Good Medicine...


A cheerful heart is good medicine, but a broken spirit saps a person's strength.Proverbs 17:22 NLT

Humor and laughter have proven health benefits:

In 1979, Norman Cousins, MD wrote Anatomy of Illness, which brought the subject of humor therapy to the attention of the medical community. In his book, Dr. Cousins details how he used laughter to help ease his pain while undergoing treatment for an incurable and extremely painful inflammation of his body’s tissues. As a result, scientific evidence on the effectiveness of humor and its health benefits is now overwhelming. The following are some of the researched benefits of laughter.

Blood Pressure – People who laugh heartily, on a regular basis, have a lower standing blood pressure than does the average person. When people have a good laugh, initially the blood pressure increases, but then it decreases to levels below normal.

Hormones – Laughter reduces at least four of the neuro-endocrine hormones associated with stress. These are epinephrine, cortisol, dopamine, and growth hormone.

Immune System – Clinical studies by Lee Berk at Loma Linda University have shown that laughter strengthens the immune system by increasing infection-fighting antibodies.

Muscle Relaxation – Belly laughs result in muscle relaxation. While you laugh, the muscles that do not participate in the belly laugh relax. After you finish laughing, those muscles involved in the laughter start to relax. Therefore, the action takes place in two stages.

Pain Reduction – Laughter allows a person to “forget” about pains such as those associated with aches, arthritis, etc. In 1987, Texas Tech psychologist Rosemary Cogan used the discomfort of a pressure cuff to test the medical benefits of laughter on pain management. Subjects who watched a 20-minute Lily Tomlin routine could tolerate a tighter cuff than those who had watched an informational tape or no tape at all.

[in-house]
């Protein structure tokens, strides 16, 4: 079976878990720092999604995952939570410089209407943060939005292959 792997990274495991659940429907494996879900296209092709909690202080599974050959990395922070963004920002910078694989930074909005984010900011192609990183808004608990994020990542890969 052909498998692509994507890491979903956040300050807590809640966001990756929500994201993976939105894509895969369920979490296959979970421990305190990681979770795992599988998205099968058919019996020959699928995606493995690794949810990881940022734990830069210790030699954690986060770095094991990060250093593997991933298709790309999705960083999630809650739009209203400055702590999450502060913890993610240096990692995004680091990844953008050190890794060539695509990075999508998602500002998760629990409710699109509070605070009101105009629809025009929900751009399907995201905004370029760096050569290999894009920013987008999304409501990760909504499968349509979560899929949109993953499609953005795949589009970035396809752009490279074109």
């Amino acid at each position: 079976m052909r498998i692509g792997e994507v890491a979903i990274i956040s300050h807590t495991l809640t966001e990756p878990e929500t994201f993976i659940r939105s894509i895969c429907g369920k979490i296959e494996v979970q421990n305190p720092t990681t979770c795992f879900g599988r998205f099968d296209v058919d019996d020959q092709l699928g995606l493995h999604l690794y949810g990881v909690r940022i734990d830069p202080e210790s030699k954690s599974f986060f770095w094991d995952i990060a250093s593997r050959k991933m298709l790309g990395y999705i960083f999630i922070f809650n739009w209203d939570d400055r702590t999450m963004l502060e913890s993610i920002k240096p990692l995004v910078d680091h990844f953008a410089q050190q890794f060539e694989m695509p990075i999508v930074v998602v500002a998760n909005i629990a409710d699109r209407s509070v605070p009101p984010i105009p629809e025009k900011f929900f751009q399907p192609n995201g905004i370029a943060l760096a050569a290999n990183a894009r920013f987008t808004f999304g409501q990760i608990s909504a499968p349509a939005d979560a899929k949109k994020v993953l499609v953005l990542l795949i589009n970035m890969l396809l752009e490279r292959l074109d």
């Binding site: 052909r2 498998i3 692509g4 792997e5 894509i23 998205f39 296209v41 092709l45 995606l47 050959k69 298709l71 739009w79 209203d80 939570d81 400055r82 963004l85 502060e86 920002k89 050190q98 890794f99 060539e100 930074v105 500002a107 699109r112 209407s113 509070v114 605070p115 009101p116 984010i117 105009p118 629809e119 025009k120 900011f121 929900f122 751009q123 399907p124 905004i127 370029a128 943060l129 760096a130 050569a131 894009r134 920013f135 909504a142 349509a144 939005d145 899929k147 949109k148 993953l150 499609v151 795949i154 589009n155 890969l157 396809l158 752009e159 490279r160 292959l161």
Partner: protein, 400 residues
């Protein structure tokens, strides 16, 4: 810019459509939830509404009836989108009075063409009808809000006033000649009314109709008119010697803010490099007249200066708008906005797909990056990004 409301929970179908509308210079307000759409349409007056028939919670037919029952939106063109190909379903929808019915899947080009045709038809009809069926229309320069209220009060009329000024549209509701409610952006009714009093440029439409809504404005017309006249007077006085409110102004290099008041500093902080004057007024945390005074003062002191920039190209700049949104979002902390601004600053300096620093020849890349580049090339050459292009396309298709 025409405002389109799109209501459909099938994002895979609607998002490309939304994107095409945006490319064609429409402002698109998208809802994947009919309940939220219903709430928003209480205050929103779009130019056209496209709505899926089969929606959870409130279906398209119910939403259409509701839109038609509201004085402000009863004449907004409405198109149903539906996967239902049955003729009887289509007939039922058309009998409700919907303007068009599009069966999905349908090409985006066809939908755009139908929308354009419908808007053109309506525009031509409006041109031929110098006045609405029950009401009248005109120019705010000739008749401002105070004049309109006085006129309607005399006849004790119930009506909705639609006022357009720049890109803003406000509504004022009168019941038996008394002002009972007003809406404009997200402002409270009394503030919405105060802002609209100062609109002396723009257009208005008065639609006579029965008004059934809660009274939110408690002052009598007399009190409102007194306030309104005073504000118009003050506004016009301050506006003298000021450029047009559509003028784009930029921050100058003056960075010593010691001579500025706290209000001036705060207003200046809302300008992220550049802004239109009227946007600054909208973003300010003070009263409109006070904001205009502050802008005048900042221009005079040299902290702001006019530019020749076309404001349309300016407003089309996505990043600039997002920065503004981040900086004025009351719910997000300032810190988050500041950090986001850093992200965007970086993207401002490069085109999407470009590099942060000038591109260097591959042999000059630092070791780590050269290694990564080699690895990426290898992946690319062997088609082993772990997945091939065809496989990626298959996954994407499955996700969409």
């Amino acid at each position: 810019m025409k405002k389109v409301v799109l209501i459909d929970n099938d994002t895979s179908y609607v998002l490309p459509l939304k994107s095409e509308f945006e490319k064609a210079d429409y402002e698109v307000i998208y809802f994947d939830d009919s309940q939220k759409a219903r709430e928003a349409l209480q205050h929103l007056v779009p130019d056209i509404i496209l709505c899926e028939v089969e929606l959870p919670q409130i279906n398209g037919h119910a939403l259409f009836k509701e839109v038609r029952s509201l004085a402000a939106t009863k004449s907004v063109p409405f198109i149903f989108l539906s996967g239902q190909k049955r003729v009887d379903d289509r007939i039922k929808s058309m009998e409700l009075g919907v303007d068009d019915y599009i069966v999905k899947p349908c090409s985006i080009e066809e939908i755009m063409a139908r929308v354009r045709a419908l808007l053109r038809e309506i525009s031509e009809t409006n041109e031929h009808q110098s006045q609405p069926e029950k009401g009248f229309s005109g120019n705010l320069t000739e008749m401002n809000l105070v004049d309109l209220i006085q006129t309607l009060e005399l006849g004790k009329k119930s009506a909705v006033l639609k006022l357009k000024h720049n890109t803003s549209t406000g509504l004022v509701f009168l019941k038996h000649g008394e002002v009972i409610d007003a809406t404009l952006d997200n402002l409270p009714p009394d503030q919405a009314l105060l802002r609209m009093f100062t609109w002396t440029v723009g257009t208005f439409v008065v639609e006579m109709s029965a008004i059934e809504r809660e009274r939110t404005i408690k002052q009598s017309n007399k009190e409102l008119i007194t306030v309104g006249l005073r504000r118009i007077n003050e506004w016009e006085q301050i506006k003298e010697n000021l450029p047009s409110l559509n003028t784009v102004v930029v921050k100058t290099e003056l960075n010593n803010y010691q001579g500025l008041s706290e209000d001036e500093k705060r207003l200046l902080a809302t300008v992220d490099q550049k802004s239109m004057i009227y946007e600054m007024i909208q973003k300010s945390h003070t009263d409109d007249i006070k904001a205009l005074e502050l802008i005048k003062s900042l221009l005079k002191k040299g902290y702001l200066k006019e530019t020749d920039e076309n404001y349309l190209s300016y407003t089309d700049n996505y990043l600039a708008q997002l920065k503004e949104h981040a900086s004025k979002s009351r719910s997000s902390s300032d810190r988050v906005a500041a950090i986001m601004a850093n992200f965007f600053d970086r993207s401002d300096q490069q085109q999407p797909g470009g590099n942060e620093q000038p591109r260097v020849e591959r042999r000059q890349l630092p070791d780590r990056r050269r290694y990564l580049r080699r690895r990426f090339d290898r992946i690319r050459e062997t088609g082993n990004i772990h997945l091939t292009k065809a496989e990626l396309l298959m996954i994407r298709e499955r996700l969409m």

Brain Function – Laughter stimulates both sides of the brain to enhance learning. It eases muscle tension and psychological stress, which keeps the brain alert and allows people to retain more information.

Respiration – Frequent belly laughter empties your lungs of more air than it takes in, resulting in a cleansing effect – similar to deep-breathing. This deep breathing sends more oxygen-enriched blood and nutrients throughout the body.

The Heart – Laughter, along with an active sense of humor, may help protect you against a heart attack, according to a study at the University of Maryland Medical Center. The study, which is the first to indicate that laughter may help prevent heart disease, found that people with heart disease were 40 percent less likely to laugh in a variety of situations compared to people of the same age without heart disease.

A Good Workout – Laughter is the equivalent to “internal jogging.” According to William Fry, MD, Professor of Psychiatry at Stanford University, one minute of laughter is equal to ten minutes on the rowing machine. Laughter can provide good cardiac, abdominal, facial, and back muscle conditioning, especially for those who are unable to perform physical exercise.

Mental and Emotional Health – Humor and laughter are a powerful emotional medicine that can lower stress, dissolve anger, and unite people in troubled times. Mood is elevated by striving to find humor in difficult and frustrating situations. Laughing at ourselves, and the situation we are in, will help reveal that small things are not the earth-shaking events they sometimes seem to be. Looking at a problem from a different perspective can make it seem less formidable for greater objectivity and insight. Humor also helps us avoid loneliness by connecting with others who are attracted to genuine cheerfulness.

Other Benefits - Laughter and humor connect us to other people, foster relationships, rejuvenate and regenerate our energy, and make us feel good!

The Connection between Laughter, Humor, and Good Health.  Carol Whipple, MS, Extension Specialist for Social Work HEEL Program and Susan Calvert, BA HEEL Intern Copyright © 2008 University of Kentucky and its licensors.

So in light of this wisdom...and the craziness of this time of year...enjoy this video clip and L-A-U-G-H! A special thanks to my friend Shirley for posting this on facebook :)

smile with sunglasses
smile with sunglasses